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Important...Please read if you're a journalist...

Discussion in 'Journalism topics only' started by jason_whitlock, Aug 28, 2006.

  1. 21

    21 Well-Known Member

    It's an insult to bring those horrors into this at all, but that was the basis for jgmac's original argument, so here we are.
  2. and that's what makes the anonymous poster jgmac so much better than the rest of us....
  3. gingerbread

    gingerbread Well-Known Member

    But it was a good discussion with very little name calling. I think your discourse about race and steroids and how they're intertwined will be much more provoking. Haven't seen the column on the KC web site yet.
  4. jgmacg

    jgmacg Guest

    It's too late and I'm too tired to go through this tonight. As Shottie said, 21, your comparisons aren't apt.

    In fact, I apologize for having tried to raise a counter-argument to tonight's bandwagon phenomenon. All I meant to say was that if you're going to take up the cudgels for sports journalists in this case, you have to take up the cudgels for all journalists everywhere at all times - or the protest isn't meaningful. Or, in fact, particularly sincere.
  5. Frank_Ridgeway

    Frank_Ridgeway Well-Known Member

    Thirty years ago in high school journalism class, they told us this was a possibility if we became a journalist and that we pretty much had to go to jail rather than reveal a source, but don't worry, we won't be put in with Bubba The Man-Raper. I'm glad I've never had to be inconvenienced this way so far, and I credit the Chron guys for doing the right thing, but they and us knew this is how the game works. And it is a game. The judge and the reporter both know how this goes.

    A friend who was a teacher had to go to jail with a bunch of other striking teachers for contempt by not returning to work as ordered. She's a refined upper-middle-class lady who viewed the whole jail thing as an experience and something she had to do. It was kind of a hoot to read the paper and say to my wife, "Hey, look at this, Mary's in jail!"

    We're not the only people who get jailed for contempt, and I doubt the judge is going to care who protests.
  6. any stance against injustice is meaningful.....

    there are people all across the world imprisoned unjustly. your passion -- seems to be -- for incarcerated journalists.... i don't question your sincerity because you ain't fighting for brothers locked up on bogus drug charges.
  7. Tom Petty

    Tom Petty Guest

    well then kick her news peers in the balls and award sports guys with some badges of honor or some shit.

    don't be pissed off at us because of what somebody else did or didn't do and then take it out on us.
  8. Tom Petty

    Tom Petty Guest

    fuck you bitch. not the purpose of the board.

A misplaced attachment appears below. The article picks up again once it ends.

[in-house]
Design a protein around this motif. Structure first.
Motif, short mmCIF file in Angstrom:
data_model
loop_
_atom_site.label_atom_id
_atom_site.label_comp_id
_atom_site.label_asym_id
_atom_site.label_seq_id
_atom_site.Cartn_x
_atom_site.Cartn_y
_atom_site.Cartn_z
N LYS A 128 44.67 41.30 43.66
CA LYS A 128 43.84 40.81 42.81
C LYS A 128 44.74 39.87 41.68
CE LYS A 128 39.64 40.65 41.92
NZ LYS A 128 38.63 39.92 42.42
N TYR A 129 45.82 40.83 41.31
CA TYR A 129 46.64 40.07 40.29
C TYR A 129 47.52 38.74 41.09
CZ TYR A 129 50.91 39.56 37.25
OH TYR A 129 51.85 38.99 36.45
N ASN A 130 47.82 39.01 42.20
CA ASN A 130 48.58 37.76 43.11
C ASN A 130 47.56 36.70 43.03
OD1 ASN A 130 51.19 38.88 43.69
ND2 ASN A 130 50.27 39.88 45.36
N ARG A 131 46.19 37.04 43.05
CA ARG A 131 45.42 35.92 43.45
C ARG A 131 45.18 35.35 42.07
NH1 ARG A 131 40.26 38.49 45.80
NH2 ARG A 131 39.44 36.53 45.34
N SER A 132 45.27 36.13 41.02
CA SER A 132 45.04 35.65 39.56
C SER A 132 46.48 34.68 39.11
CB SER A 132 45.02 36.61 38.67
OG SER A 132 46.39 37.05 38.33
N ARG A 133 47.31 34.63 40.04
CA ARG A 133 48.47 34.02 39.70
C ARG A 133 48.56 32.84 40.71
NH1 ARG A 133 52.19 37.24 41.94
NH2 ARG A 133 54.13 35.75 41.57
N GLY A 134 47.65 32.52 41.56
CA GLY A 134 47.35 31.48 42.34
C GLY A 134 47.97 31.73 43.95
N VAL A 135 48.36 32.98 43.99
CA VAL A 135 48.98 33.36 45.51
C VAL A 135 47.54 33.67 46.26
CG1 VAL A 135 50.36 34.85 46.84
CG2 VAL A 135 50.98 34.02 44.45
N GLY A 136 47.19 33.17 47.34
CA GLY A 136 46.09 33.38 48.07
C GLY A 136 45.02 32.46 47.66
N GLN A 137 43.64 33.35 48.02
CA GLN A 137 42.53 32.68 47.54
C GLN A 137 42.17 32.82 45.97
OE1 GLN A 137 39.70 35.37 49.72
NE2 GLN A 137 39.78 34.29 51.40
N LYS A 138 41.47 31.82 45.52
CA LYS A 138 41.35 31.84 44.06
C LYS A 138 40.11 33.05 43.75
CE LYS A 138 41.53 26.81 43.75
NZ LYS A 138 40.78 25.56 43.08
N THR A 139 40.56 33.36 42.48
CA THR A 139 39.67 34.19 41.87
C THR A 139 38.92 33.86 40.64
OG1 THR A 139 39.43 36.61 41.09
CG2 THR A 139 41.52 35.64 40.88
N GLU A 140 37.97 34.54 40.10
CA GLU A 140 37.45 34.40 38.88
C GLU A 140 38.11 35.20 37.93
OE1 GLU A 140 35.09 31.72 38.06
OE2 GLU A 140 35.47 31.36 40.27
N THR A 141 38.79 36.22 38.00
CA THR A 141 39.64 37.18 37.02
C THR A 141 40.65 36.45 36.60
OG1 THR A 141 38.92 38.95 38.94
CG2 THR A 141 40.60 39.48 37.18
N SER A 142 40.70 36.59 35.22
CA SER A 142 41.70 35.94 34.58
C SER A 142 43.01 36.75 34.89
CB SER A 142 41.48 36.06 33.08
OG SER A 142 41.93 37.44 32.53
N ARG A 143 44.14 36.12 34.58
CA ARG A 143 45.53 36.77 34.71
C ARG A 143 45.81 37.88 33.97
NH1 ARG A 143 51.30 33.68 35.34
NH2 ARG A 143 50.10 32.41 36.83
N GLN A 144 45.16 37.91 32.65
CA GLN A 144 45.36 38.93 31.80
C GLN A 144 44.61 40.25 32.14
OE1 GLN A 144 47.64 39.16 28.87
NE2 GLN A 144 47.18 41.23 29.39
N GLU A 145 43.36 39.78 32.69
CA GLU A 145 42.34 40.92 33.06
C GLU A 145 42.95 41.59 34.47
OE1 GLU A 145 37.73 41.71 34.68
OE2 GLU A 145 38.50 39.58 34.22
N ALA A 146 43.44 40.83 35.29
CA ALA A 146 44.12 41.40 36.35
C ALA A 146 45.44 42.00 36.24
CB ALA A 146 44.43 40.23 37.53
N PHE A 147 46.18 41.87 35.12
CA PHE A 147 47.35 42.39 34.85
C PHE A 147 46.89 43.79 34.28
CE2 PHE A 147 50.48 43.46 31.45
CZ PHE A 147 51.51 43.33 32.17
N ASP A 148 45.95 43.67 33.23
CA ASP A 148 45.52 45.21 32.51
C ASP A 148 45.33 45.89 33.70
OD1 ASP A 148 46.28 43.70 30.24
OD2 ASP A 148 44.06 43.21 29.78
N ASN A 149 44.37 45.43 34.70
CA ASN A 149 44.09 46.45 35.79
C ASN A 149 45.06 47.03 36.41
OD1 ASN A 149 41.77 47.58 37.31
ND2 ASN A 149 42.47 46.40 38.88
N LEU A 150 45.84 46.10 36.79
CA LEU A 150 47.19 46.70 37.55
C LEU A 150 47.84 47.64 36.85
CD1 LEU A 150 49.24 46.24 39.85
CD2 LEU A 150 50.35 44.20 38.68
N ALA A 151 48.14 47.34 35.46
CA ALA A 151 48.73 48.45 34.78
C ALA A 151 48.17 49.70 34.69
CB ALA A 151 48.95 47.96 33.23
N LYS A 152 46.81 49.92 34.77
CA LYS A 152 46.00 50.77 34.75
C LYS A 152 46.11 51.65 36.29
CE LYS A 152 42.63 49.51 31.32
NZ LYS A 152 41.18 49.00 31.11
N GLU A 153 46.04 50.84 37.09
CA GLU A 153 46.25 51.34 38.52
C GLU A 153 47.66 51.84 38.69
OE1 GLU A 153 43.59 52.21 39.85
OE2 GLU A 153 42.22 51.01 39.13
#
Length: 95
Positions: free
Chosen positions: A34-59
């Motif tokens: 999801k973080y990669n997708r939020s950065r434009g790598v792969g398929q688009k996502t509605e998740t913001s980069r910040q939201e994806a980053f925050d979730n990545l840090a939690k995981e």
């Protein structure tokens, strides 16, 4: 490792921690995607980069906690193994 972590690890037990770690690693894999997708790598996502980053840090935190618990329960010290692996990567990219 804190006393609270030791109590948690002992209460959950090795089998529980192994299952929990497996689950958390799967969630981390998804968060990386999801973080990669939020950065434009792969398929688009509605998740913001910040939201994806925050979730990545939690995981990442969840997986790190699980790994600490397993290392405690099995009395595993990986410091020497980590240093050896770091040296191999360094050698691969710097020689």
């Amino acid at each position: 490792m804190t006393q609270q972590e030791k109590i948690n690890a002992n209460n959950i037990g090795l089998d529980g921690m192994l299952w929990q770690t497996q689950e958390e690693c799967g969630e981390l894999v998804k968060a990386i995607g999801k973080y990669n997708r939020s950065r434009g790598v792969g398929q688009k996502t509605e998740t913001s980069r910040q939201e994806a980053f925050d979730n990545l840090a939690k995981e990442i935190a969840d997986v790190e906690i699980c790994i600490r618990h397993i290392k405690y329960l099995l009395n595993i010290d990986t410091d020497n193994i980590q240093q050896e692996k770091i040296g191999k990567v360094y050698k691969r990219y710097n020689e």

9. 21

    21 Well-Known Member

    They weren't my comparisons. They were yours. It's incredible to me that you would use captive reporters in oppressive counties as a means to belittle this specific case, but I'm sure it sounded apt to you at the time.

    Do we all run the risk of being dragged into court at some point? Yes. Does that make it okay? It does not. This is about colleagues standing up for and supporting colleagues. Why anyone in journalism would look down on that or minimize the impact of this highly visible case is a mystery to me.
  10. Twoback

    Twoback Active Member

    Shotty, said reporters did not break the law.
    The sources who provided the information did. The judge theoretically is using the reporters to try to expose them (knowing full well it's not going to happen). A right-minded judge wouldn't try to pull that.
    And JW, you and Telander want to really protest this?
    Organize a protest against the judge who is ordering the incarceration. That's the injustice here.
  11. Columbo

    Columbo Active Member

    I caught this late. Sorry if I'm a bit off.

    Whitlock's starting a hunger strike?

    I'll join you, Jase.
  12. Lugnuts

    Lugnuts Well-Known Member

    He's right. A couple of people have made the statement, "They broke the law."

    Not true.

    A judge may decide to hold them in contempt -- or he may not -- it's his discretion. Even if they go to jail (not prison, by the way) for contempt -- they still haven't been convicted of a crime.

    To me the injustice is -- there's no federal shield law. If this were a state case in California, they'd be protected. Hell, I think even Alabama has a shield law.

    A federal shield law has been talked about-- it simply hasn't gotten done yet-- but I've never gotten the idea that it's as far off as say, legalizing pot. I don't forsee it happening in this administration, but maybe the next...

    These guys are doing the right thing. Whatever Telander and Whitlock are doing -- we should all support and applaud them.
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